On his website, josecanseco.com, he is auctioning off all his baseball souvenirs, most of which were scattered across his dining-room table last week: his MVP plaque, two World Series rings, a photograph with Queen Elizabeth. Said his agent, Doug Ames, "He told me, 'If it's from baseball, get it outta here.' "
And yet, in the next room, on a TV screen just smaller than a queen-sized mattress, a 25-year-old Canseco was circling the bases at Memorial Stadium in Baltimore. Watching the highlight video were Joe Santer, 22, and his 21-year-old girlfriend, Genie Ficks. Santer, responding to a solicitation on Canseco's website, had paid $2,500 to Spend a Day with Jose. "My friends," Santer said, "think I'm crazy."
Santer works the third shift at a window factory in Selins Grove, Pa. A "33" medallion (Canseco's old number) dangled from his neck. How long had he labored to spend a single afternoon with his hero? "Every night," he said, "for the past month and a half."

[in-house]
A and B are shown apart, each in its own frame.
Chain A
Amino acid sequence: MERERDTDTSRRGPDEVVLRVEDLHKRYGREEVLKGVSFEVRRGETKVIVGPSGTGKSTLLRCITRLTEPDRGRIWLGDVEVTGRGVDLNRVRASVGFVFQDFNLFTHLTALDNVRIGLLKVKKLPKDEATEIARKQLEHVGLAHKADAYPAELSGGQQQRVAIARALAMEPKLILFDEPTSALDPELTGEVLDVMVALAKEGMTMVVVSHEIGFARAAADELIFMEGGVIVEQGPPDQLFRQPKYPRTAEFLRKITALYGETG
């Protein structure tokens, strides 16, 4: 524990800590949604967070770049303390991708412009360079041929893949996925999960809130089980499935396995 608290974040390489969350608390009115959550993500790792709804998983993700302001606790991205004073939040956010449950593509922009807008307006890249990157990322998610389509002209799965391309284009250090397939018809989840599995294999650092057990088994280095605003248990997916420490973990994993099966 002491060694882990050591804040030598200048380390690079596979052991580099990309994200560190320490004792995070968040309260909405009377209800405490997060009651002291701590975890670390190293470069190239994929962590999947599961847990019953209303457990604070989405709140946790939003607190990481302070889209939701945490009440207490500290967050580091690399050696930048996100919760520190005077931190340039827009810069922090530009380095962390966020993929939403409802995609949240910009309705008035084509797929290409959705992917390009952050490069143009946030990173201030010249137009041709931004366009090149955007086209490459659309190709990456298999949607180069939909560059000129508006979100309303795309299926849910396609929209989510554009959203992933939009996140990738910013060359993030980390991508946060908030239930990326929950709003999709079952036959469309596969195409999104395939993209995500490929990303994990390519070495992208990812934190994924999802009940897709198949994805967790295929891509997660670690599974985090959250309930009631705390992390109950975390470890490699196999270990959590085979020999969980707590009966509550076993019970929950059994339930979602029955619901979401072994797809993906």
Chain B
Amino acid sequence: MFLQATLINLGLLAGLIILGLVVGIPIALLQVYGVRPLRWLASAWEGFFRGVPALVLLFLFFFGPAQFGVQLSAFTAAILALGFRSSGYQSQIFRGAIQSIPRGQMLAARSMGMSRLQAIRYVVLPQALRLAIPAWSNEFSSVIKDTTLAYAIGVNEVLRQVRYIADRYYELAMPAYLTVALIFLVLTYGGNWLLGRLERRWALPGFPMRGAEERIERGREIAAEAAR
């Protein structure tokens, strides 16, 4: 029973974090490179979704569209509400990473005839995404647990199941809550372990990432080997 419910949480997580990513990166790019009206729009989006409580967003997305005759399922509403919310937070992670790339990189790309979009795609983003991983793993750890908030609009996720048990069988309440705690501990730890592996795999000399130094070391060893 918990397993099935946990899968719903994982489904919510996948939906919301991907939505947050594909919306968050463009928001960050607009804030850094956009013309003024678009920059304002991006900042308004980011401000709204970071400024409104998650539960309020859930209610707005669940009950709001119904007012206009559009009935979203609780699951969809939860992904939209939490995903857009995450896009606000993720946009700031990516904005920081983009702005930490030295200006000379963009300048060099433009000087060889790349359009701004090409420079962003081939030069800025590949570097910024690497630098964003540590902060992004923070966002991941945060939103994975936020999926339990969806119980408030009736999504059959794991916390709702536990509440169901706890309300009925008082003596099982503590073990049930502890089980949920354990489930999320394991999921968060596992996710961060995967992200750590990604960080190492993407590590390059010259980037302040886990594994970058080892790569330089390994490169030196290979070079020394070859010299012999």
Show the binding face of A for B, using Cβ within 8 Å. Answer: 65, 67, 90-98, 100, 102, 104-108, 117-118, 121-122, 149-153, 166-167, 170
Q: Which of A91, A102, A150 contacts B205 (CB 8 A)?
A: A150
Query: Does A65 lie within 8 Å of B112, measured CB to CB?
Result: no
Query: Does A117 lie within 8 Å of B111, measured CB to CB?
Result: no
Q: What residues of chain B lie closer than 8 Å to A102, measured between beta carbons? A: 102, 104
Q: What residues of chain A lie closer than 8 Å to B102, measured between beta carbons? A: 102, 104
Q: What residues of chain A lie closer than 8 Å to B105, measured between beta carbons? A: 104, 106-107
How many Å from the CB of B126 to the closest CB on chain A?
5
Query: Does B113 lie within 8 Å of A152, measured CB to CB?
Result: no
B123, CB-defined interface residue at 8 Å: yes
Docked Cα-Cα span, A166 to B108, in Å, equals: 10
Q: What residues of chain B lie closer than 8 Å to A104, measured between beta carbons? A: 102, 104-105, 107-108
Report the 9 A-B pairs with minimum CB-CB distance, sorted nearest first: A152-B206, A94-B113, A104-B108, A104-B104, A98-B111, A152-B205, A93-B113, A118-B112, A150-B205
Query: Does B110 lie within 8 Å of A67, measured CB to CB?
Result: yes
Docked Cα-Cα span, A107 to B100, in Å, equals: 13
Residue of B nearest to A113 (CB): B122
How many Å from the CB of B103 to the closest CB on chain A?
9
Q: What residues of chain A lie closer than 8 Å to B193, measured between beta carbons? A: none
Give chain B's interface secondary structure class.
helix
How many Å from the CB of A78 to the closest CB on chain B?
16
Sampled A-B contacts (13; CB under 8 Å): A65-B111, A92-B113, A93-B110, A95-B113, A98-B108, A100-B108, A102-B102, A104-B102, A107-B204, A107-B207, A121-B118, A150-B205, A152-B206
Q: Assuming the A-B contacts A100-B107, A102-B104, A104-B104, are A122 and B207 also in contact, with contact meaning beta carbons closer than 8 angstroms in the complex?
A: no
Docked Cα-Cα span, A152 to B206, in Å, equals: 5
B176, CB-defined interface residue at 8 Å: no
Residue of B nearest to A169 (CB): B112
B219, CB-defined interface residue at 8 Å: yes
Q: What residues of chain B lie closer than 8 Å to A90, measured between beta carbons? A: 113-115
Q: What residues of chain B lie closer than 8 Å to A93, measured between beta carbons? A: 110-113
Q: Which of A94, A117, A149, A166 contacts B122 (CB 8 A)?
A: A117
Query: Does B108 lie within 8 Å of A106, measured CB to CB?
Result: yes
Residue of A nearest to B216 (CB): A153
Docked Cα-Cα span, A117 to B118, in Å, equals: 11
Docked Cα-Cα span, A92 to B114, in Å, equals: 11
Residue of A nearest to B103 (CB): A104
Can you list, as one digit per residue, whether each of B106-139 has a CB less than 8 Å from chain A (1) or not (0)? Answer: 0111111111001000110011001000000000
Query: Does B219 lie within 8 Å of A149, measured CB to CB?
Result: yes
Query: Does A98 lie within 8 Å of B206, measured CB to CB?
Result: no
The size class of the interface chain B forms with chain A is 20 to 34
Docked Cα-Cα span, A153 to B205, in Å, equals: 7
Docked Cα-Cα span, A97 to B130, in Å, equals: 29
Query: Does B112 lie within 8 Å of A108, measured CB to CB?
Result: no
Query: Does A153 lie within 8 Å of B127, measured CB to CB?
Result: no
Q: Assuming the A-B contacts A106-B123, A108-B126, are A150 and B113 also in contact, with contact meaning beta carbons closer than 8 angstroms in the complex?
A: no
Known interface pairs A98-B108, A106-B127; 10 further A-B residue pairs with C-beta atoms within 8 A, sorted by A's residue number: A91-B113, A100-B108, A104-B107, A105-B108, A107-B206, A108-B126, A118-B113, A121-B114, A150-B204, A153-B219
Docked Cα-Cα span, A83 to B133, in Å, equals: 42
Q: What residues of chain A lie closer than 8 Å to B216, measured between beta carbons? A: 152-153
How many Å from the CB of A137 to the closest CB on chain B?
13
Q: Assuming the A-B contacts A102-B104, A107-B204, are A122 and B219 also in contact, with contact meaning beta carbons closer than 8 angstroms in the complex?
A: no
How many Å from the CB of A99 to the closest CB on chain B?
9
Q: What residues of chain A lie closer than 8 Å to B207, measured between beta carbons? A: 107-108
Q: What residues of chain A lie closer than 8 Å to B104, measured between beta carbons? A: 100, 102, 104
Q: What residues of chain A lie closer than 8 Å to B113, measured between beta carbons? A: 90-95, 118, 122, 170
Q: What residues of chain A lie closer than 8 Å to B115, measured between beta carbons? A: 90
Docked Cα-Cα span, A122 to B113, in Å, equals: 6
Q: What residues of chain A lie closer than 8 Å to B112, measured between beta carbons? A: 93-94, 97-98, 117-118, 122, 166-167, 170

Before Friday's arrest Canseco had sold 30 future visits to his home, some of them on the installment plan. "We have an Oakland cop who made two payments," said Ames.
When I left, Santer and Ficks were in the pool with Canseco, chatting about baseball. Not all of his memories are bad. "I remember once up in Boston, during the playoffs, the fans were chanting "STAIR-oids! STAIR-oids!" said Canseco. "So I flexed my arm at them like that." He flexed like the guy on the Arm & Hammer box.
"And they went crazy," he continued. "It was funny because I won the crowd over by acknowledging them. A lot of times the fans just want to be acknowledged. So if you say, 'Hi,' or just have fun with them, they say, 'Hey, he's just like us. He's a nice guy.' "